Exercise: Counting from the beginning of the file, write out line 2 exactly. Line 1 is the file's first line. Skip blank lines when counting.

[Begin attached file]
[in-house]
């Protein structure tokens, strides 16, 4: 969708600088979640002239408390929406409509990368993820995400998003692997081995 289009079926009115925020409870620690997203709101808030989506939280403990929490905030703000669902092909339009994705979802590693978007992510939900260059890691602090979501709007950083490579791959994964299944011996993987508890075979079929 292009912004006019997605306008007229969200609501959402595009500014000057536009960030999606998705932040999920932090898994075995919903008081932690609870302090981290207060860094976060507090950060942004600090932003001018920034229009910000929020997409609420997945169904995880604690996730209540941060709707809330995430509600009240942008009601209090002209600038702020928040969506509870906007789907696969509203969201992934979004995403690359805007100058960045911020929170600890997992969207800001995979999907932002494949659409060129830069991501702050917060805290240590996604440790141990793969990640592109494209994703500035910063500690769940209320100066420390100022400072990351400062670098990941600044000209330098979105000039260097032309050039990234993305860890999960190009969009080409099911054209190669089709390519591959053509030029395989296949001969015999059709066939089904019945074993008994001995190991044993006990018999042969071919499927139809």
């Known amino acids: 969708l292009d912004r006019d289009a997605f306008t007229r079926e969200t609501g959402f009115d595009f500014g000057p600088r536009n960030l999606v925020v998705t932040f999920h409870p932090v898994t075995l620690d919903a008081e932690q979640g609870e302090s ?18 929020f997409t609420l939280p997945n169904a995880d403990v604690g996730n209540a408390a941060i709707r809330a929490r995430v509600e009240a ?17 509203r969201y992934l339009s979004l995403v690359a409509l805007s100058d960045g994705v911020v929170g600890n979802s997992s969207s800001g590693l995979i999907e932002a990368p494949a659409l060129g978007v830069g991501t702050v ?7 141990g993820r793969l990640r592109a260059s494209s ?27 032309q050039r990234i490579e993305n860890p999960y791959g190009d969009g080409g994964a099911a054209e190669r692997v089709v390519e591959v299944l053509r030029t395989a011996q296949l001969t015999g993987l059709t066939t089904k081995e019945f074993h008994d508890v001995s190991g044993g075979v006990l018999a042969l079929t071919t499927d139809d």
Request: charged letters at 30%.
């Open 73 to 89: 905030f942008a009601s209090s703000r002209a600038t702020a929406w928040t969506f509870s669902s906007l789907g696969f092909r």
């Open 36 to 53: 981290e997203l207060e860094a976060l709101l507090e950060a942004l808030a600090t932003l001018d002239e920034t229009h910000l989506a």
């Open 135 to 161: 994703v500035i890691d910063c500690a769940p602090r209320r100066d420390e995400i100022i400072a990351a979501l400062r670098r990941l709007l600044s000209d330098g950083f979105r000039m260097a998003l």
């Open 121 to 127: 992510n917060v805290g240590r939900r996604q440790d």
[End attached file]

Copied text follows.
């Protein structure tokens, strides 16, 4: 969708600088979640002239408390929406409509990368993820995400998003692997081995 289009079926009115925020409870620690997203709101808030989506939280403990929490905030703000669902092909339009994705979802590693978007992510939900260059890691602090979501709007950083490579791959994964299944011996993987508890075979079929 292009912004006019997605306008007229969200609501959402595009500014000057536009960030999606998705932040999920932090898994075995919903008081932690609870302090981290207060860094976060507090950060942004600090932003001018920034229009910000929020997409609420997945169904995880604690996730209540941060709707809330995430509600009240942008009601209090002209600038702020928040969506509870906007789907696969509203969201992934979004995403690359805007100058960045911020929170600890997992969207800001995979999907932002494949659409060129830069991501702050917060805290240590996604440790141990793969990640592109494209994703500035910063500690769940209320100066420390100022400072990351400062670098990941600044000209330098979105000039260097032309050039990234993305860890999960190009969009080409099911054209190669089709390519591959053509030029395989296949001969015999059709066939089904019945074993008994001995190991044993006990018999042969071919499927139809």